For almost 2 decades, CO2 insufflation with carbon dioxide (CO2) has been widely used in laparoscopic surgery. In contrast, insufflation with room air has remained the standard of care in the vast majority of endoscopy centers in both Europe and North America. Unfortunately, many patients still experience pain and discomfort after colonoscopy with room air insufflation. Studies [15] and one review [6] indicate that insufflation with CO2 can reduce periprocedural pain in different endoscopic settings (e.g., endoscopic retrograde cholangio-pancreatography [7], balloon enteroscopy [8], and endoscopic submucosal dissection [9]). However, in the setting of colonoscopy, current scientific data with regard to the safety of CO2 insufflation are limited. Small patient populations have characterized most studies, including those with sedated patients, and many physicians remain concerned that CO2 insufflation might lead to CO2 retention. In a previous randomized, controlled, double-blinded trial, we randomly allocated 219 patients to colonoscopy with CO2 versus room air, patients in the CO2 group experienced significantly less pain and bloating and a higher overall satisfaction score [10]. However, this study was not designed to definitively demonstrate the safety of CO2 insufflation in colonoscopy. In the present study, we sought to prospectively assess the safety of CO2 colonoscopy in a larger sample of patients.

2. Patients and Methods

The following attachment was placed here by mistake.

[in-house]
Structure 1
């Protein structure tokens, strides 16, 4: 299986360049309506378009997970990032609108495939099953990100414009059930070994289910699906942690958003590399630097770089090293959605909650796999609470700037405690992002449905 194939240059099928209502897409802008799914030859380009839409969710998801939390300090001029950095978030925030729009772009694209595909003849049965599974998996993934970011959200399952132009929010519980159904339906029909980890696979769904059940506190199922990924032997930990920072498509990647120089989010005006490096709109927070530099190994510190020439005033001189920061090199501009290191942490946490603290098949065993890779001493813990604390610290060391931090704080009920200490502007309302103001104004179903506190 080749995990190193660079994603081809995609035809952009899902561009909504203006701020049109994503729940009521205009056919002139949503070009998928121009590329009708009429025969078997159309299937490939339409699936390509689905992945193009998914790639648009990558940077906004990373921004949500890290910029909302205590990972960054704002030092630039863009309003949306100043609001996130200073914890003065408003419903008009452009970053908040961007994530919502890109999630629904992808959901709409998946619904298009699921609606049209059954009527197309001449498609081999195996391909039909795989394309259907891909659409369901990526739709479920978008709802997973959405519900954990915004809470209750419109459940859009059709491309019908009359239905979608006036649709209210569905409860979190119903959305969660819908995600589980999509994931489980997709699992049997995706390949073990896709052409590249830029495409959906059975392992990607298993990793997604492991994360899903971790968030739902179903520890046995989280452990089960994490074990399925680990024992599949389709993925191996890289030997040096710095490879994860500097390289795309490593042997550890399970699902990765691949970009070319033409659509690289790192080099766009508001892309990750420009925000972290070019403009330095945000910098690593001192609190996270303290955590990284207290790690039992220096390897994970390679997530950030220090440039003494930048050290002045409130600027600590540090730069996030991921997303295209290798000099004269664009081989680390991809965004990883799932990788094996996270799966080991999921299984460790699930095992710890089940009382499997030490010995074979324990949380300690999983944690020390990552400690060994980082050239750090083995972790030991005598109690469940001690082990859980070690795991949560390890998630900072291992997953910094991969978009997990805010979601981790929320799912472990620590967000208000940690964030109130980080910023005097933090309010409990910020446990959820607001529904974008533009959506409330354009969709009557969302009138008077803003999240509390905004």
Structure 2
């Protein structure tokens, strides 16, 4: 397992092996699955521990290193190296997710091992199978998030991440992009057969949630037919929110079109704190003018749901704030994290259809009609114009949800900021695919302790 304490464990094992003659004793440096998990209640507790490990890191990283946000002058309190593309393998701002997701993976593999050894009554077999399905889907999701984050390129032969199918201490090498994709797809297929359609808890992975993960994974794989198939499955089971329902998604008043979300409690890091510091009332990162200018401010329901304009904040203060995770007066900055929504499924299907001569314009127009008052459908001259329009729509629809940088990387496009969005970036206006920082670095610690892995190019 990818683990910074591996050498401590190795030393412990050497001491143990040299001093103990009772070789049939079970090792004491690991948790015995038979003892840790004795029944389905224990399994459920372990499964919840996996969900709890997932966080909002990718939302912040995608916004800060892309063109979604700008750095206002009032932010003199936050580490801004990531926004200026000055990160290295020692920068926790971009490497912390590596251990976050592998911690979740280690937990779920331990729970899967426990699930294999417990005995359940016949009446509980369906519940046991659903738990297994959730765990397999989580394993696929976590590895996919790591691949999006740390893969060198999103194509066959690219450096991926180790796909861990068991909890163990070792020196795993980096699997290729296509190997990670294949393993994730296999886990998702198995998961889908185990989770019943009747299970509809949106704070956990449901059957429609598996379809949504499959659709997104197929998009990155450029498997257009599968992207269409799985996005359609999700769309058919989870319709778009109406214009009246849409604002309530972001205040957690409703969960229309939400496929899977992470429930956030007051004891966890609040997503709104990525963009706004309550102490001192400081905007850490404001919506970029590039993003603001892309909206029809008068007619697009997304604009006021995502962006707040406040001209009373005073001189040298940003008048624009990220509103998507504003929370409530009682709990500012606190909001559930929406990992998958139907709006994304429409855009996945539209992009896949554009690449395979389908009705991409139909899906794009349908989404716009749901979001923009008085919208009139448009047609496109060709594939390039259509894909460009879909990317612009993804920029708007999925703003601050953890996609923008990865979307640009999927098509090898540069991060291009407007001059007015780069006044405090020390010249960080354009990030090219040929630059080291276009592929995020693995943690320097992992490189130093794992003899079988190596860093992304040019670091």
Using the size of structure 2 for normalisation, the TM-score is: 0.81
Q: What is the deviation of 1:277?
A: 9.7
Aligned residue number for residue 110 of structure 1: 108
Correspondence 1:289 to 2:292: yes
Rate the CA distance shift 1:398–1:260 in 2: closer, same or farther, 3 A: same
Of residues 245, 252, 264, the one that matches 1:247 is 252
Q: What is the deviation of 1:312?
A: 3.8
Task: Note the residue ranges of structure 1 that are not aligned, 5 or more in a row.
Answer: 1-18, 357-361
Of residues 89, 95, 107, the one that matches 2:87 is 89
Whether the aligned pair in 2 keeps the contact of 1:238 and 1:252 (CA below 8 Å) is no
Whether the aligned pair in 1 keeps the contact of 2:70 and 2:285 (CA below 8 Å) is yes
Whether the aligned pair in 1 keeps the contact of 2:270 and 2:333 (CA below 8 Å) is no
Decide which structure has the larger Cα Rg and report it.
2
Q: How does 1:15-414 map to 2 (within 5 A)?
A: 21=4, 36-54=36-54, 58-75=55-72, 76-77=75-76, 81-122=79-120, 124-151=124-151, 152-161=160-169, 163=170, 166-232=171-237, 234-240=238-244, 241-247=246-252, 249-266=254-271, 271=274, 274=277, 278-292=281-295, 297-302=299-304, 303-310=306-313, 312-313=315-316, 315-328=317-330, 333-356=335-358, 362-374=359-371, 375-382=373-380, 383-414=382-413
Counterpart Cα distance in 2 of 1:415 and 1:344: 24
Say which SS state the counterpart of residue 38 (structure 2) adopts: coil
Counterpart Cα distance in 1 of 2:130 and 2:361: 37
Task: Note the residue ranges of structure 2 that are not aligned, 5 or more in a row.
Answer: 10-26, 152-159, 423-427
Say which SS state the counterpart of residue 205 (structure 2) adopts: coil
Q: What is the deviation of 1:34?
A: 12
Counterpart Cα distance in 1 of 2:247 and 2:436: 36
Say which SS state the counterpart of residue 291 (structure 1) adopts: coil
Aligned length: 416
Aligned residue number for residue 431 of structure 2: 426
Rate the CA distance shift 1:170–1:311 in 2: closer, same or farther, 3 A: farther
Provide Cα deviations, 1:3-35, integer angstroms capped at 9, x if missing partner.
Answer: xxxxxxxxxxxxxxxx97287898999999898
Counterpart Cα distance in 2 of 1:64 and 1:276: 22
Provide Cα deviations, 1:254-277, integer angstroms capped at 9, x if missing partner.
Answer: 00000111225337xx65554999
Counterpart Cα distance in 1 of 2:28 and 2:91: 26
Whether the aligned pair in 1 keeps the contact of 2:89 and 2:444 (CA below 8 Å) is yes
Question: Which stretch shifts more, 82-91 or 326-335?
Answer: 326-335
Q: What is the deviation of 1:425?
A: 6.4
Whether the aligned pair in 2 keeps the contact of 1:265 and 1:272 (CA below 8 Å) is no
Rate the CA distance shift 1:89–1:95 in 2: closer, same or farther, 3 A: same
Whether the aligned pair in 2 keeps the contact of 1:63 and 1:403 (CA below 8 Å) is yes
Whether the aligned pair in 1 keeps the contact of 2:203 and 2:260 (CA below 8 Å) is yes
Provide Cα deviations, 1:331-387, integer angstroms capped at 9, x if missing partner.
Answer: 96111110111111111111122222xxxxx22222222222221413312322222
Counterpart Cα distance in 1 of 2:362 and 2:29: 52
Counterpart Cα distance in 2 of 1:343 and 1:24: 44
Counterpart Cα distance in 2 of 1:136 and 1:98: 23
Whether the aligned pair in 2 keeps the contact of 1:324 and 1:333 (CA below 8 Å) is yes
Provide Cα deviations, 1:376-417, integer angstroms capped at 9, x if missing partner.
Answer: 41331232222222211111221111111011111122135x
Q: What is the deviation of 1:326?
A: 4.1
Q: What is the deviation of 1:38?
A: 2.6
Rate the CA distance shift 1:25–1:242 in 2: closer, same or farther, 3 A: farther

This trial included all 109 patients from our previous CO2 colonoscopy study [10] plus 238 subsequent, consecutive, nonselected, patients who had a routine colonoscopy performed in a private Swiss gastroenterology practice and were enrolled from April 2008 through September 2008. All patients who were deemed medically fit for an ambulatory colonoscopy were included in this study. In order to maximize the generalizability (external validity) of our study, we did not initially apply exclusion criteria, although one exclusion criterion emerged (due to a small earlap, CO2 measurement was not possible in 4 patients, which were excluded). All colonoscopies were done by the first author (M. G.) and carried out with standard Pentax endoscopes (EC-3885K and EC-380FKp) (Pentax Medical, Pentax of America, Inc., Montvale, NJ, USA) with an EPK 1000 processor. For CO2 insufflation, the CO2-Efficent Insufflator device (EZEM Company, Westbury, NY, USA) was used. The insufflator was connected to a 10-litre CO2 bottle and supplied over a tubing set connected with a branch connection to the water bottle tube, which was itself directly connected to the endoscope. The flow rate (basal flow rate 0.5 L/min, increasing to 3 L/min maximum) can be controlled on demand over the standard air valve. Oxygen was delivered to patients if the saturation dropped below 90% at a flow rate of 4 liters per minute.